One month after diagnosis, there was an improvement in OS, with no more hemorrhage and 20/60 vision, with other ophthalmological examination standards unchanged and within the normal range. VA remained 20/20 in OD.
COVID19 is mainly characterized by symptoms of cough, fever, dyspnea, and pneumonia(1), but it may be related to other clinical outcomes not yet well elucidated in the literature, as in the case of the patient reported in this study. Little is known about ophthalmologic involvement, especially retinal lesions, although there are already reports on punctual hemorrhage and central retinal vein occlusion in COVID-19(8,9). In the present report, hemorrhage was observed proximal to the optic disk, in addition to optic disk edema.
According to the current literature, these alterations are characteristic of retinal venous occlusion. In most cases, this condition is found in people over 40 years of age, and more frequently in elderly people over 60 years of age(10). It is characterized by unilateral vision loss after engorgement and dilatation of retinal veins, followed by retinal hemorrhage and areas of ischemia(10). Hemorrhage extends from the optic nerve head to the periphery of the retina; candle flame-shaped hemorrhages, which are mostly superficial, and cotton-wool spots, which represent ischemia, can also be observed. Less frequently, macular and optic nerve edema are present(11).
Currently, it is suggested that COVID-19 infection may a predisposing factor for thrombotic events(12). Studies have already put forth the hypothesis that the involvement of the retinal microvasculature seen in patients with COVID19 may be a result of the disease and consequently lead to significant ophthalmological manifestations, with a potential risk of retinal vascular complications(8,9,13,14).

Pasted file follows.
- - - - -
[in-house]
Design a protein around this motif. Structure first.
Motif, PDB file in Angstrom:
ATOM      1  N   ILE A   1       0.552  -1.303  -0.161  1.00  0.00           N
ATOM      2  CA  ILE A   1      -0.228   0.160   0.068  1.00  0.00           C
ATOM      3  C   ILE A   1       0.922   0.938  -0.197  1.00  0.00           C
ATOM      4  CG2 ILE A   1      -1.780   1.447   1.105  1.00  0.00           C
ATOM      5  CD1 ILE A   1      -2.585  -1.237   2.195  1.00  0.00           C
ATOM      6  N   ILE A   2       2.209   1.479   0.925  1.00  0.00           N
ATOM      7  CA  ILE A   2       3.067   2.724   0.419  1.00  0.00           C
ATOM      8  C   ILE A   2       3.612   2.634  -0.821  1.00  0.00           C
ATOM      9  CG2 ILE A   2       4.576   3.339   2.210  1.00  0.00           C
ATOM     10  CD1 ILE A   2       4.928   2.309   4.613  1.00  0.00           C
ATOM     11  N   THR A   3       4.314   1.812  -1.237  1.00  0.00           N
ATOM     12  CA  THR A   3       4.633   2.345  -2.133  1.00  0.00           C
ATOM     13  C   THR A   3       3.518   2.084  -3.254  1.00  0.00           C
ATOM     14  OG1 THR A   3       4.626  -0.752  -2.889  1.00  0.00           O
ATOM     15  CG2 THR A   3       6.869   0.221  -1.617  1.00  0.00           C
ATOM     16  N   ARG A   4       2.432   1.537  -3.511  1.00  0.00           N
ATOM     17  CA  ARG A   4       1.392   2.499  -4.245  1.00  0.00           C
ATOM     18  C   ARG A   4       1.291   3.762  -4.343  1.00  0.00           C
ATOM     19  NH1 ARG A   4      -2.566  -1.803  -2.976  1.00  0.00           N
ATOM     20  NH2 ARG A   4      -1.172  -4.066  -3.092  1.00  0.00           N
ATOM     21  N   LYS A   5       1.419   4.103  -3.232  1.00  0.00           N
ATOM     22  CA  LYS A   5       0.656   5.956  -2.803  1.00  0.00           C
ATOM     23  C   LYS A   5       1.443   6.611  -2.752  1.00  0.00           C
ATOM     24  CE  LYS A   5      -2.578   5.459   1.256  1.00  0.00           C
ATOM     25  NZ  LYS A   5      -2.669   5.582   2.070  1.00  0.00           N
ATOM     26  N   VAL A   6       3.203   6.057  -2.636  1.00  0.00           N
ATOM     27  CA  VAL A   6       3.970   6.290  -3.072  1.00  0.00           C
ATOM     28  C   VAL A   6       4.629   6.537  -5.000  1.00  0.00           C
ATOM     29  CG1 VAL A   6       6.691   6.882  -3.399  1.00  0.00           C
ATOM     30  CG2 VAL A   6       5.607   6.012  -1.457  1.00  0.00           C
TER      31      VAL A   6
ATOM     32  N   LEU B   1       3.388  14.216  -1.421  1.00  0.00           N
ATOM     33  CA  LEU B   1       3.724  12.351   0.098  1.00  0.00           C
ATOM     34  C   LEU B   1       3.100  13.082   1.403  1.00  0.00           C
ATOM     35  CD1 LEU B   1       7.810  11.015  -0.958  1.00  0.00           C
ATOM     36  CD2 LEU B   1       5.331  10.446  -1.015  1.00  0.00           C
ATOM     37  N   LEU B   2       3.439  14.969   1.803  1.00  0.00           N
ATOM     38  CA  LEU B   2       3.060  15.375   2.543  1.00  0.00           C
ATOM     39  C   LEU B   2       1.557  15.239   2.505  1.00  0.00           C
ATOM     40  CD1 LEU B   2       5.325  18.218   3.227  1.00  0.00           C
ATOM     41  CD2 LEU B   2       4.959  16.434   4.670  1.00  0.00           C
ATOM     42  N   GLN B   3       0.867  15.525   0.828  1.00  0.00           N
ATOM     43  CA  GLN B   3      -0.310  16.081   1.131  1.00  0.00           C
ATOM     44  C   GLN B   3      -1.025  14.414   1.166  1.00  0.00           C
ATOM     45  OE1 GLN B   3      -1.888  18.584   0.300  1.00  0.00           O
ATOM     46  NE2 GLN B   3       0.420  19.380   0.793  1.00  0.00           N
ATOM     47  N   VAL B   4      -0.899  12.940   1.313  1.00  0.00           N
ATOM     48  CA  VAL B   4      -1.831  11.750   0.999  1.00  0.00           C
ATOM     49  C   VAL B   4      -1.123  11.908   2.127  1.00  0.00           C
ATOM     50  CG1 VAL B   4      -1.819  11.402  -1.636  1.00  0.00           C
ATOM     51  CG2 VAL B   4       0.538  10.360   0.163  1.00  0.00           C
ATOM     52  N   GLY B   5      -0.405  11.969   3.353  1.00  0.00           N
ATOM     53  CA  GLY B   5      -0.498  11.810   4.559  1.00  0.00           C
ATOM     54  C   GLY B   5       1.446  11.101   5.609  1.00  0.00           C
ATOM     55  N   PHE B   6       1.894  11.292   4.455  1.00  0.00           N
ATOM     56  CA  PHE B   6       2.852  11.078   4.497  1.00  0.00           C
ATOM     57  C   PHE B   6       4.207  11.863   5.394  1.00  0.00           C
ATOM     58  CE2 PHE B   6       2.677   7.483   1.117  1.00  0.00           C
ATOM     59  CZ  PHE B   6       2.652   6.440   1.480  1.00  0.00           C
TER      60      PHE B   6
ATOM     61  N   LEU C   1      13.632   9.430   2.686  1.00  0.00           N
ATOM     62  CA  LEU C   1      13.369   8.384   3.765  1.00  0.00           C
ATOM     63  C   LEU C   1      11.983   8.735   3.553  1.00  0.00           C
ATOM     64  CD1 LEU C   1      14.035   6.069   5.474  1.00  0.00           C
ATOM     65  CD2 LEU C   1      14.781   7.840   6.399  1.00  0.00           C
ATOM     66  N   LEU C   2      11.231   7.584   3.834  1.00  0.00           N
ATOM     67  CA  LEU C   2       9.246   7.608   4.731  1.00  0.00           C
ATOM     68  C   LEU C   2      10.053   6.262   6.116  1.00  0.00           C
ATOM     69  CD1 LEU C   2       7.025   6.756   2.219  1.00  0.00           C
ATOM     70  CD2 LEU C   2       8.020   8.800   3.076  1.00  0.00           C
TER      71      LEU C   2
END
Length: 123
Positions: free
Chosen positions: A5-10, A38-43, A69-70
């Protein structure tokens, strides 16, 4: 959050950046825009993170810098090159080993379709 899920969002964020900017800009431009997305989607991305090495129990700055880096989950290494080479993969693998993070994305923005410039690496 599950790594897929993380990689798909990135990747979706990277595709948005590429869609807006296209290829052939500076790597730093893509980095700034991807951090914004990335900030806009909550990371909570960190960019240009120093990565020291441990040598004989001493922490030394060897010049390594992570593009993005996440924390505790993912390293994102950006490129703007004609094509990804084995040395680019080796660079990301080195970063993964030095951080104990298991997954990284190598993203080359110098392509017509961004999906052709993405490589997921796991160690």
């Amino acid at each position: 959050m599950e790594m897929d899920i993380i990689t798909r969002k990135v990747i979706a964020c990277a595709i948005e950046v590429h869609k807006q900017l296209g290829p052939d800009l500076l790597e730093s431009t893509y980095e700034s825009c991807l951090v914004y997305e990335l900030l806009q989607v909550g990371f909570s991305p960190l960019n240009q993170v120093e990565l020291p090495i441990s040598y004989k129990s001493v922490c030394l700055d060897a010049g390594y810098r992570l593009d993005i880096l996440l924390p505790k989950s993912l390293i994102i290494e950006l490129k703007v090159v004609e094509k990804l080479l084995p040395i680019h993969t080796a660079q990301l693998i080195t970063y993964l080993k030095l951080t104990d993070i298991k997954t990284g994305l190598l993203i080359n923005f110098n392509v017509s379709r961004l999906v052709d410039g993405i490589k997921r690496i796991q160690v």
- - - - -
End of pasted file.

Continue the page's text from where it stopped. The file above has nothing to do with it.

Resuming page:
It is known that the involvement of the microvasculature can cause eye diseases owing to the fact that the retinal circulation is a terminal arterial system(14). However, mechanisms that explain vascular damage in COVID19 are still not well understood. Two main hypotheses are being studied: first, a state of pseudovasculitis as a result of viral infiltration into endothelial cells(15), and second, a condition of hypercoagulability characterized by disseminated intravascular coagulation(16,17).
These characteristics make the correlation between the COVID19 infection and the retinal manifestations found in the present case plausible, according to the literature(8,9,13,14).
Immunobiologicals are being used to treat the complications of COVID19, not acting directly on the cause (virus) or on the state of hypercoagulability but rather on the body’s response to infection, such as vasculitis, pathological angiogenesis, and increased cytokine levels(18,19).
The proposed treatment aimed to protect the subretinal space from damage caused by hemorrhage and consequent insidious or sudden edema. Therefore, anti-vascular endothelial growth factor medication was administered to treat vasculitis and pathological angiogenesis, thereby reducing leaks, edema, inflammatory complexes, hemorrhages, and neovascular phenomena(6,8,19).
There is evidence of retinal vascular involvement in cases of COVID19 infection, including postvaccine events, because thrombotic events are known to be involved in the pathophysiology of the disease(20). The ophthalmological findings in this case coincide with those reported in most current studies; however, the appearance of vitreous hemorrhage a short time after the infection stands out, thereby suggesting deposits of immune complexes causing occlusion of the retinal vessels(6,21,22).
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Funding: No specific financial support was available for this study
Conflict of interest: None of the authors have any potential conflict of interest to disclose
July 12, 2022.
Accepted on: October 11, 2022.